I wonder in which summer
I’ll fully settle, maybe Dallas or Shanghai.
And yet already, I’ve got a perfect home.
This place lacks no supply.
Far beyond dreams and far beyond measure,
This shelter I’ll take when I die.

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For Dad

Dear Friends,

I wrote this a while back to God, the Ultimate Dad.  I tend to call Him Dad and I use another name for my here-on-earth dad.  We can call this a poem (you know there are these free form ones that have no rules) or a note (like a postcard!).  There are a lot of parallels between these relationships and I am so thankful to have both.  Happy Father’s Day.

Sincerely,

Katie

Adoption.  How amazing it is to be chosen, to be sought out, to be bought, to be rescued, to be given rights, to be loved, to be cherished, to be trained to live.  A seat at your table.  A spot in your lap.  Your attention.  A key to your house.  Your protection in the night.  A guarantee for you ear when I call.  Your name.  Your reputation.  You hang my scribbles on the fridge.  You call me your daughter.  You train me patiently to walk in your ways, to cut my own food (your perfect Word!), to read and speak your language.  You watch over me.  I am never out of your sight.  You give good gifts – sometimes you let me choose.  You lift me up on your shoulders so I can see from your point of view.  Sometimes you get down on the floor and play with me and limit yourself to my simple speech and simple ways.  You carry me when I am tired.  You protect me from bad guys (real and imaginary).  You clean up after me.  (I am really messy).  You teach me about your creation.  You let me explore it for myself.  I think you know everything (and you do).  Sometimes I think you don’t know anything (but you actually do).  You are my hero.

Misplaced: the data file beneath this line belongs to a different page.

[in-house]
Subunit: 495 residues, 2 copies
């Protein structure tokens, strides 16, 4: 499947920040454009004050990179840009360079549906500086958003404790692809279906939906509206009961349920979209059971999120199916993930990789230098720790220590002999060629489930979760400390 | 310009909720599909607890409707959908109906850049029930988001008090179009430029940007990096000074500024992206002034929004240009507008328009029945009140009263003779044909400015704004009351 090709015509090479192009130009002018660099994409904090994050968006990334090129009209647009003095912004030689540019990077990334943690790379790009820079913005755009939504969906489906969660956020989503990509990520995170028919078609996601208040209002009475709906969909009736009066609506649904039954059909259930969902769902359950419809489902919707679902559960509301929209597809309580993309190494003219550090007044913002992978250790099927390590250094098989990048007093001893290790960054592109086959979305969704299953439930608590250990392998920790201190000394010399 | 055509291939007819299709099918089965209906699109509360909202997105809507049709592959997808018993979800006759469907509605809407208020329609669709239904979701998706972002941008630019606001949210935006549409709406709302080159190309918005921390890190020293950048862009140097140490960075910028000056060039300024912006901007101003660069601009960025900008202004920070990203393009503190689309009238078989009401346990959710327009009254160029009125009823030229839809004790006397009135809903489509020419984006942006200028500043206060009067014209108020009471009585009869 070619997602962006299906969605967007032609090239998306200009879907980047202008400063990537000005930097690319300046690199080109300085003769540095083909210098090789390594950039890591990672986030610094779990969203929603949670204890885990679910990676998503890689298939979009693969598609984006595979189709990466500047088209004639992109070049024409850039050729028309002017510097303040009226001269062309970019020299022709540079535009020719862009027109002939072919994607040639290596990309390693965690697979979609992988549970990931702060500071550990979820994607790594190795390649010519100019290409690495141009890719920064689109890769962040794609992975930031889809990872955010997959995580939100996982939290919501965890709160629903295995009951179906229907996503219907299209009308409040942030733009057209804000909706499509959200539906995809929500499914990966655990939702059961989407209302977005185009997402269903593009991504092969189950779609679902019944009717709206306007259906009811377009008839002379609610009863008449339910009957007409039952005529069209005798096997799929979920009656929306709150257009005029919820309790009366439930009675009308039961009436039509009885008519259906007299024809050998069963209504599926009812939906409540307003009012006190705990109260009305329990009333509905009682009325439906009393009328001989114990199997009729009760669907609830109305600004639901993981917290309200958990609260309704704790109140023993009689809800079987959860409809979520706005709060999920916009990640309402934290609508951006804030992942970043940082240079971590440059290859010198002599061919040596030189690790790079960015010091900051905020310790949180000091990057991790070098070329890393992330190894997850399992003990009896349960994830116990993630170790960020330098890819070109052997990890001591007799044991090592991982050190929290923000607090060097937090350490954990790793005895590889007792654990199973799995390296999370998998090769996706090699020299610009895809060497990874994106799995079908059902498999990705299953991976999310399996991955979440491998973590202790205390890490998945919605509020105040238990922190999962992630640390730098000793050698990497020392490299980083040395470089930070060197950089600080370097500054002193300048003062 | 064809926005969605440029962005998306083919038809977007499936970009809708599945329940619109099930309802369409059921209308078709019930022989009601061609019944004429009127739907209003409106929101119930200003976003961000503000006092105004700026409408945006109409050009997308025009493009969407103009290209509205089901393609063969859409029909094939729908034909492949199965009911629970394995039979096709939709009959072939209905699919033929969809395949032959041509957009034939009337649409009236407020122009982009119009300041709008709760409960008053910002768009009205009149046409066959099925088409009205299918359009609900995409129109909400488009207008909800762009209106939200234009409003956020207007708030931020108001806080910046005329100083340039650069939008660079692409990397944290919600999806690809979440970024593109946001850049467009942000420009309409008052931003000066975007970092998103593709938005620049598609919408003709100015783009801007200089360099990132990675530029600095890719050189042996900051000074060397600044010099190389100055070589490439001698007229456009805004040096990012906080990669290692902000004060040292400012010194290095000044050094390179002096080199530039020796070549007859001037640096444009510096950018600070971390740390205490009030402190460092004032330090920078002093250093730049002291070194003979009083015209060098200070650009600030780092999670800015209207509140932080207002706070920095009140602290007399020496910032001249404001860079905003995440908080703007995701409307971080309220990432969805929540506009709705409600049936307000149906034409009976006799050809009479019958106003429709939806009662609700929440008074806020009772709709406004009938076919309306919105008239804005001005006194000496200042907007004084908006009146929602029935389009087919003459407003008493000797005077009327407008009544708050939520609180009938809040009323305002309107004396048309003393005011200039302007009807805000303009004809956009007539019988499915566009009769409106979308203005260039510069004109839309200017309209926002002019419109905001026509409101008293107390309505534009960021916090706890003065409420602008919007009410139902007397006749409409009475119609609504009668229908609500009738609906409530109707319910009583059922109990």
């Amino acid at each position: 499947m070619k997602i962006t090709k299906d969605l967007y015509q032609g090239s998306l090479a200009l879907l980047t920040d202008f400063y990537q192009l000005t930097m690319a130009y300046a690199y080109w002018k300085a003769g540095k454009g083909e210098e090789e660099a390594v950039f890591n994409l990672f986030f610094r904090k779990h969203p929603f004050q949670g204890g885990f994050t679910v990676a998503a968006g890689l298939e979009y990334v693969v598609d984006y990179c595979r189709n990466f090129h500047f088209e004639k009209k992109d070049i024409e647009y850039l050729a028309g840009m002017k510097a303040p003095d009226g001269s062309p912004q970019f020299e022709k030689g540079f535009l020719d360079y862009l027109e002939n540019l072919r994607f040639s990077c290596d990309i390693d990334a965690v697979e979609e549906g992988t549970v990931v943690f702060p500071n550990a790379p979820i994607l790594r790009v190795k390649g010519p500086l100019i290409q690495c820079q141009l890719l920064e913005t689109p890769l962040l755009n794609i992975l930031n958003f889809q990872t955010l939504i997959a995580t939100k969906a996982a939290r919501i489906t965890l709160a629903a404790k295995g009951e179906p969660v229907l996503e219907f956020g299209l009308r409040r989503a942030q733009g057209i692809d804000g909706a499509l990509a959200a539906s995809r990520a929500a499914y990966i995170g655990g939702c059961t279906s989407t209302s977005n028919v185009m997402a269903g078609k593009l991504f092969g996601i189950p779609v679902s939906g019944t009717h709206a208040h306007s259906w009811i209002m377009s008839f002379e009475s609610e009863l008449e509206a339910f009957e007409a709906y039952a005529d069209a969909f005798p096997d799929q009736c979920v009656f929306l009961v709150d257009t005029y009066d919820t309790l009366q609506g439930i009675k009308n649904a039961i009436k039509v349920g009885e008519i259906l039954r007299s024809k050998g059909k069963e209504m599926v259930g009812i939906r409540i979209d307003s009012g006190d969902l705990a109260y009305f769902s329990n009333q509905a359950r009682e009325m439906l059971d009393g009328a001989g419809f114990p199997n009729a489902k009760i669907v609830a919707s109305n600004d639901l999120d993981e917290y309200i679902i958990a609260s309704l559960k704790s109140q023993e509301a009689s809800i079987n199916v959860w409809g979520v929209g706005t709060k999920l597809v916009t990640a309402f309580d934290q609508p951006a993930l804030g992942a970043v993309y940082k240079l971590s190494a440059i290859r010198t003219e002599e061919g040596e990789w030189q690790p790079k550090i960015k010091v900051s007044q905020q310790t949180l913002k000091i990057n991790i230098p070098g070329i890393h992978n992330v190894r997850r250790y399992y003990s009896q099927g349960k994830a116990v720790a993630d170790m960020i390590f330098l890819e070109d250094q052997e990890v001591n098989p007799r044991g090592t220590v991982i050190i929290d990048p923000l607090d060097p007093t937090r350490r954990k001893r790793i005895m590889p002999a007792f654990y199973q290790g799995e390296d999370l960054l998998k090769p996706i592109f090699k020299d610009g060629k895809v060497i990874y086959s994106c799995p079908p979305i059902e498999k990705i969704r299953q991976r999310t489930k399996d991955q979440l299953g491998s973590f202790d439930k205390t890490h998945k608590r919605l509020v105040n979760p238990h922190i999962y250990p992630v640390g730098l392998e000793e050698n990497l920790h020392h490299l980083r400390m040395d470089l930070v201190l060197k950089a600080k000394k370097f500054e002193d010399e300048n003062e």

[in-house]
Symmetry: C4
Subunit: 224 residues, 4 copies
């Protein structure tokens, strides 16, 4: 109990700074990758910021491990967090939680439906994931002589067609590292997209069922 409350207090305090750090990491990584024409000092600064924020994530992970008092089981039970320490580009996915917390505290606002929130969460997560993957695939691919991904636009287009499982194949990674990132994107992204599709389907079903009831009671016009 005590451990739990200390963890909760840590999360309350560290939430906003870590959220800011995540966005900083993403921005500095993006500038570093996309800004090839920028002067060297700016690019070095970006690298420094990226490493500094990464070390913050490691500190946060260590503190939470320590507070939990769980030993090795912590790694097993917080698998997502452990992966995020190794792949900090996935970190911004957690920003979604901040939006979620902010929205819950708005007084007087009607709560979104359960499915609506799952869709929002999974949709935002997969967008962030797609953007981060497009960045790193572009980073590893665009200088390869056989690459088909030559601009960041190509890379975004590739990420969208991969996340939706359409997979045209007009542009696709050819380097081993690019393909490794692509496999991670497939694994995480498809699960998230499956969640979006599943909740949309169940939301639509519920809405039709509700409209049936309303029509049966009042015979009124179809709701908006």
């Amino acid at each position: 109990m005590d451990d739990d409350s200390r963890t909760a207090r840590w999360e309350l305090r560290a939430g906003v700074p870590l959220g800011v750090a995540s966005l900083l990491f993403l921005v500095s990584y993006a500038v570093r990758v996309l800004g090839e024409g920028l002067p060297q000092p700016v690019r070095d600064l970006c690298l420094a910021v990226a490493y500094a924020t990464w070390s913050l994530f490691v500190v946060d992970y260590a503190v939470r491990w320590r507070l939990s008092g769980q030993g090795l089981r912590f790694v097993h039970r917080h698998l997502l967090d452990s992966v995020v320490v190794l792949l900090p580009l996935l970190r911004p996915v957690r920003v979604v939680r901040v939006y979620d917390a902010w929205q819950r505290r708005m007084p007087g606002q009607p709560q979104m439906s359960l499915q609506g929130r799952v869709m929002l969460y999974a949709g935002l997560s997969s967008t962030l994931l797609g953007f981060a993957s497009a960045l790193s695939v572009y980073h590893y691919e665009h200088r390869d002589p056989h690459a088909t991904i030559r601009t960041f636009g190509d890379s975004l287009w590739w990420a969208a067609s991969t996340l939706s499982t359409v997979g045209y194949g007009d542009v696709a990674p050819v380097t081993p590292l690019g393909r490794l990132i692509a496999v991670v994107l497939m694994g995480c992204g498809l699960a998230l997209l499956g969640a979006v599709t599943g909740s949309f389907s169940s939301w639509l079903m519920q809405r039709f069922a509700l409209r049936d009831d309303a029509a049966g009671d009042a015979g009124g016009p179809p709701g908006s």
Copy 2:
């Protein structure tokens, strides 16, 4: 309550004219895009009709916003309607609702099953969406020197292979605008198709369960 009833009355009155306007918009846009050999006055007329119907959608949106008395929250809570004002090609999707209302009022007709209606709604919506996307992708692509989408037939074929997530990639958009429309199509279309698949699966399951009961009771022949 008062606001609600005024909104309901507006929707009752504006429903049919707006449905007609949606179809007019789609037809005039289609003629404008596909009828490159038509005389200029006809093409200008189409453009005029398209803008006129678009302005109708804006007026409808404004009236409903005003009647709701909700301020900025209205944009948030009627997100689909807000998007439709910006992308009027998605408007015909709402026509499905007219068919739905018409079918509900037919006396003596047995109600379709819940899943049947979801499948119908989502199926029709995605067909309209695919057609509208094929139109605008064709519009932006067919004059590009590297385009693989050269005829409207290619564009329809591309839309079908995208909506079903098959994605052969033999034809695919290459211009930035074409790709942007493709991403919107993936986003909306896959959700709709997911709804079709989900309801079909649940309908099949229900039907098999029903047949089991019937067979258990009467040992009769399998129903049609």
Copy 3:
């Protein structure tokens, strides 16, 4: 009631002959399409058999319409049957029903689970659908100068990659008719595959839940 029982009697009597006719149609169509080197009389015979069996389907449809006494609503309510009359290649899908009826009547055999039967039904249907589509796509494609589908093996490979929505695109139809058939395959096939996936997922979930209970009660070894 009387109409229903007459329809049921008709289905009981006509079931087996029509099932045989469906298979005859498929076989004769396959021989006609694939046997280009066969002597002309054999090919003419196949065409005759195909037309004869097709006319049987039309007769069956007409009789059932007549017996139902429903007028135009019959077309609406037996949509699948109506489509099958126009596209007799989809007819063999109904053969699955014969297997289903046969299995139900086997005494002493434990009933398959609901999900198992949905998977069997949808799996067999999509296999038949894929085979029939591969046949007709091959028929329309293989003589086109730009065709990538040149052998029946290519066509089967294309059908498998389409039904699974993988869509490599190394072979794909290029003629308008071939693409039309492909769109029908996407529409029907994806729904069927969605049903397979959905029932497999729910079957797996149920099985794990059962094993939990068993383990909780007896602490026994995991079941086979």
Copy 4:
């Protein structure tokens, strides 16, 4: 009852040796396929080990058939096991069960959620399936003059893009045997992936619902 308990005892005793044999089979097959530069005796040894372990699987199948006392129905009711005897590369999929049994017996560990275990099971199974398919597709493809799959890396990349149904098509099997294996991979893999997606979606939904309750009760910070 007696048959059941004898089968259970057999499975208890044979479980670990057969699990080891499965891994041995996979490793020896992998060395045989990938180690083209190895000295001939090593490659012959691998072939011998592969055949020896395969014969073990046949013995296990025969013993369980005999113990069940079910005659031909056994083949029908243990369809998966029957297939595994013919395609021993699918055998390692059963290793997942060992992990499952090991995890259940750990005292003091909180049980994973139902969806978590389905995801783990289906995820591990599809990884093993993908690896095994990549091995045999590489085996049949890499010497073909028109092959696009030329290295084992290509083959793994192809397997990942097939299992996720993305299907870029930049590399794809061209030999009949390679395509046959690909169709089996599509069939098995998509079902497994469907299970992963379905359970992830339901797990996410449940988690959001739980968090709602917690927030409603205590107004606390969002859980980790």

Guinea pig poems

Unknowable, as I am unknown to my guinea pigs:
How can I ‘love’ you?
I only as far as gratitude & awe
confidently & absolutely go.

John Berryman, “Address to the Lord”

Dear Friends,

Have you ever heard a good poem?  My guess is that this question is difficult to answer.  For the vast majority of us, poetry is lofty and elusive.  We think of Shakespeare and the painful school nights staring hopelessly at foreign English.  After all, Shakespeare would be the king of “good” poetry, right?  Maybe.

I want to redefine “good,” though.  I have a book:  Good Poems selected by Garrison Keillor.  In the introduction, he defines “good:”  “Stickiness, memorability, is one sign of a good poem.”  These are not clouded in unnecessary mystery, but relatable and accessible.  “What makes a poem memorable is its narrative line.  A story is easier to remember than a puzzle.”

So dear Shakespeare… a good poet… to be or not to be?  Shall I compare thee to a summer’s day?  But, for my own part, it was Greek to me…  Indeed, he makes the cut, but not for what we perceive as elevated, fancy, puzzling language.  Rather, for the stickiness of individual lines and of whole stories.

As I embark on a season in the Psalms, I have decided to list at least one “takeaway truth” from each and then to periodically recompile these truths into my own poems.  Beware, postcard poems may follow.

Sincerely,

Katie

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Gone Digital

Dear Friends,

For the last week, I have been trying to mail some old school postcards.  Do you remember those?  They are like paper?  Well, I went to the post office and they didn’t have postcard stamps.  I was pretty surprised.  But even more surprised when the lady suggested I order them online.  I thought, “WHYYY?  Don’t you know I can write digital postcards whenever I want?  Snail mail is different.  You should know.  Represent!!”  But I said, “Oh.”  And smiled.  And left.  I won’t describe my other (also fruitless) person-to-person postcard stamp missions.  They are equally saddening.

I want to bring up this issue of digital because it affects (or infects) everything.  For the record, obviously, I think digital is the #bomb.  I daily devote much attention to multiple things digital!  #iheartdigital But the thing about #bombs is that they #blowup.  We need to evaluate the #bombs we use and how we use them.  How are we using their power?